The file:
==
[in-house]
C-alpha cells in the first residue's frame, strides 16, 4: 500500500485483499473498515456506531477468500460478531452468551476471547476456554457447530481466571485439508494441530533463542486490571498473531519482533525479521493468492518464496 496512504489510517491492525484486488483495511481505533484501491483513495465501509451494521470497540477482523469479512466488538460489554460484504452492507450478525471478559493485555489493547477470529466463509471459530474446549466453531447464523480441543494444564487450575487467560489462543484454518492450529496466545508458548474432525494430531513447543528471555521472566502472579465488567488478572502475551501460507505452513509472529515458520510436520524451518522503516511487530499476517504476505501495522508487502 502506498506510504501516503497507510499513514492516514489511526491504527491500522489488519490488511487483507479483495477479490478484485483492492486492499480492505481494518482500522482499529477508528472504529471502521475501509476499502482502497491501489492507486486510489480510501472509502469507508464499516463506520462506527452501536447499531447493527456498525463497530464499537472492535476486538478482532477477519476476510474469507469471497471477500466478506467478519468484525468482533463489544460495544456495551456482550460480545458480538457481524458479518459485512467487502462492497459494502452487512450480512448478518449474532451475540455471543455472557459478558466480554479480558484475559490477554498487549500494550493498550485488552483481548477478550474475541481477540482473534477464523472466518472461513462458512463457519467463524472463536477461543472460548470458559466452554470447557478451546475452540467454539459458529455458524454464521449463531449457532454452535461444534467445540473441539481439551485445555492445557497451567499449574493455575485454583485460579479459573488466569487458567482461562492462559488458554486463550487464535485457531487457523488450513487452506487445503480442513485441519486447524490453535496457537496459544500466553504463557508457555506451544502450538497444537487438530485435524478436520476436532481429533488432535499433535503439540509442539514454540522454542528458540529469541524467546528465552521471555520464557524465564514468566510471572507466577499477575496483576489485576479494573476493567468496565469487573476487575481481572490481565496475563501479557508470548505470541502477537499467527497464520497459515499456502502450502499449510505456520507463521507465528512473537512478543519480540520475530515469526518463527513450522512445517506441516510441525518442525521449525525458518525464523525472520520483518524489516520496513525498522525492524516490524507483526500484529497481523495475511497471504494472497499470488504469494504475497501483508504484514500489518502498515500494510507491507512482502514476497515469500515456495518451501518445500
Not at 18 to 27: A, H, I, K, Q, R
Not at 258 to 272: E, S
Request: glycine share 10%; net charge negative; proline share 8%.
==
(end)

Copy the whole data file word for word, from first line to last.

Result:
[in-house]
C-alpha cells in the first residue's frame, strides 16, 4: 500500500485483499473498515456506531477468500460478531452468551476471547476456554457447530481466571485439508494441530533463542486490571498473531519482533525479521493468492518464496 496512504489510517491492525484486488483495511481505533484501491483513495465501509451494521470497540477482523469479512466488538460489554460484504452492507450478525471478559493485555489493547477470529466463509471459530474446549466453531447464523480441543494444564487450575487467560489462543484454518492450529496466545508458548474432525494430531513447543528471555521472566502472579465488567488478572502475551501460507505452513509472529515458520510436520524451518522503516511487530499476517504476505501495522508487502 502506498506510504501516503497507510499513514492516514489511526491504527491500522489488519490488511487483507479483495477479490478484485483492492486492499480492505481494518482500522482499529477508528472504529471502521475501509476499502482502497491501489492507486486510489480510501472509502469507508464499516463506520462506527452501536447499531447493527456498525463497530464499537472492535476486538478482532477477519476476510474469507469471497471477500466478506467478519468484525468482533463489544460495544456495551456482550460480545458480538457481524458479518459485512467487502462492497459494502452487512450480512448478518449474532451475540455471543455472557459478558466480554479480558484475559490477554498487549500494550493498550485488552483481548477478550474475541481477540482473534477464523472466518472461513462458512463457519467463524472463536477461543472460548470458559466452554470447557478451546475452540467454539459458529455458524454464521449463531449457532454452535461444534467445540473441539481439551485445555492445557497451567499449574493455575485454583485460579479459573488466569487458567482461562492462559488458554486463550487464535485457531487457523488450513487452506487445503480442513485441519486447524490453535496457537496459544500466553504463557508457555506451544502450538497444537487438530485435524478436520476436532481429533488432535499433535503439540509442539514454540522454542528458540529469541524467546528465552521471555520464557524465564514468566510471572507466577499477575496483576489485576479494573476493567468496565469487573476487575481481572490481565496475563501479557508470548505470541502477537499467527497464520497459515499456502502450502499449510505456520507463521507465528512473537512478543519480540520475530515469526518463527513450522512445517506441516510441525518442525521449525525458518525464523525472520520483518524489516520496513525498522525492524516490524507483526500484529497481523495475511497471504494472497499470488504469494504475497501483508504484514500489518502498515500494510507491507512482502514476497515469500515456495518451501518445500
Not at 18 to 27: A, H, I, K, Q, R
Not at 258 to 272: E, S
Request: glycine share 10%; net charge negative; proline share 8%.